‘Lights Out’ (co-produced by James Wan) is a PG-13 rated supernatural thriller about a family terrorized by a malevolent entity that takes form in the darkness.  It is quite an intriguing – if unoriginal – hook.  But good horror movies can’t simply rely on gimmicks and must immerse us in the story and make us care about the characters.  ‘Lights Out’ delivers in this regard.  As with most James Wan movies (either as director or producer), the film centers around a small group of people whom the audience gains sympathy with in their worsening predicament, in this case a young woman named Rebecca (Teresa Palmer) and her little brother Martin (Gabriel Martin), who lives with his deranged mother Sophie (Maria Bello) and an entity of pure and unadulterated evil named Diana.
‘Lights Out’ is an effective little chiller due to its simplicity and sparseness.  From its nightmarishly creepy opening scene inside a mannequin factory to its final act, the movie’s scary moments are well parsed out for maximum impact without overdoing it and thereby rendering us immune, like many horror movies couldn’t resist doing.  Likewise, the performances by its cast of relative unknowns are subtle and understated yet no less powerful, driving the story briskly along and making us true “believers” in its outlandish supernatural premise.
Grade: A-

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Monday, July 18, 2016


Ivan Reitman’s 1984 supernatural comedy ‘Ghostbusters’ gets a shot of estrogen in actor/director Paul Feig’s 2016 reboot.  Paul Feig (‘Bridesmaids,’ ‘Heat’ and ‘Spy’) is best known for collaborating with A-list comedic actress Melissa McCarthy, who’s one of the four Ghostbusters in this update, but did you know that he also created the short-lived coming-of-age cult comedy series ‘Freaks and Geeks’ produced by Judd Apatow?  Didn't think so.  Bringing back ‘Ghostbusters’ is no mean feat for the director, because he has to walk a fine line between attracting a new generation of viewers while not straying too far from the original and alienating fans of the 1984 classic.
Like the ‘Ghostbusters’ of auld with Bill Murray and Dan Aykroyd, the  new ‘Ghostbusters’ leans heavily on SNL with ¾ of its team comprised of current or recent SNL cast members in Kristen Wiig, Kate McKinnon and Leslie Jones, with the fourth being McCarthy who’s hosted SNL quite a few times.  Even more than the original, the all-female Ghostbusters are nerdy science types who would fit right in on ‘Big Bang Theory’; Wiig as a straight-laced and socially awkward physics professor, McCarthy as a PhD outcast weird science paranormal investigator, and McKinnon’s Dr. Jillian Holtzmann is a tomboyish and gay mad engineer whose madcap experiments would give Christopher Lloyd’s Dr. Emmet Brown a decent run for his money.  The lone holdout of the geek club is Leslie Jones’s Patty, who makes up for her lack of science smarts with her street smarts and like-the-back-of-her-hand knowledge of NYC.  Aussie actor Chris Hemsworth (‘Thor’) proves that he has comedic chops as the Ghostbuster’s hunky male receptionist/secretary Kevin, who’s kept on for his looks despite being dumb as a bag of hammers in a classic example of gender role reversal.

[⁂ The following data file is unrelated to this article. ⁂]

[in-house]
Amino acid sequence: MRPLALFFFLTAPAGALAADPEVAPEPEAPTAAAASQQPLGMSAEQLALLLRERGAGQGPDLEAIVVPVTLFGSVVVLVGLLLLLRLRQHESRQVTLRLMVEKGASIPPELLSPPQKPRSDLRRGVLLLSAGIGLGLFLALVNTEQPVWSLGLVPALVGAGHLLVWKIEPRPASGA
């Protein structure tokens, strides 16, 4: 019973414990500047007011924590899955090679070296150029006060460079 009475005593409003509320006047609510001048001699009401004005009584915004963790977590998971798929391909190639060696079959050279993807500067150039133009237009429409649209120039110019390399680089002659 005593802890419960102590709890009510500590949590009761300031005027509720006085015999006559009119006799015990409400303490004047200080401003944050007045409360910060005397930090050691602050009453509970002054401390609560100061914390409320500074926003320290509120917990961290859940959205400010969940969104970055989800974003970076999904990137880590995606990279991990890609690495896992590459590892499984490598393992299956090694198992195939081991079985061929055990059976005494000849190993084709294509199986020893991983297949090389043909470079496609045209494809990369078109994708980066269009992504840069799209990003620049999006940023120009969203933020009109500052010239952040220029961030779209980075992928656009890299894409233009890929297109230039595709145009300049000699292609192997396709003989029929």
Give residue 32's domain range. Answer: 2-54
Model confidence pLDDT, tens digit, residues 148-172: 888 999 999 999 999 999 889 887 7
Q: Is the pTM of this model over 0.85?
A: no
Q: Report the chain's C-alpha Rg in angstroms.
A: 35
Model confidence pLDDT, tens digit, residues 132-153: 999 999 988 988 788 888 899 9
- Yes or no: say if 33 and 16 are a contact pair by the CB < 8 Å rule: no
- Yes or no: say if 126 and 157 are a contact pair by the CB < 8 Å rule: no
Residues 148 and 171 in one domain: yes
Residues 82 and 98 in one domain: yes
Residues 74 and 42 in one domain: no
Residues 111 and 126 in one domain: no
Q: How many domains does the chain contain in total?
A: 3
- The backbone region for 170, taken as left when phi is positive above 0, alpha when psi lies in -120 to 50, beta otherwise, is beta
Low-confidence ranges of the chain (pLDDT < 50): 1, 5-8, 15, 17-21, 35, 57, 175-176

‘Ghostbusters 2016’ is a fun if somewhat familiar exercise in 1980’s nostalgia.  Paying homage and staying true to the spirit of the original, the film is a respectful reboot and featured cameos from the original cast including Bill Murray, Sigourney Weaver, Dan Aykroyd, Ernie Hudson (sadly, Harold Ramis passed away in 2014) and Slimer the ectoplasm-spewing ghost.  The four female leads were all game and did justice to the Ghostbusters franchise, demonstrating that they can walk the walk as well as talk the pseudo-scientific mumbo jumbo. 

Grade: B+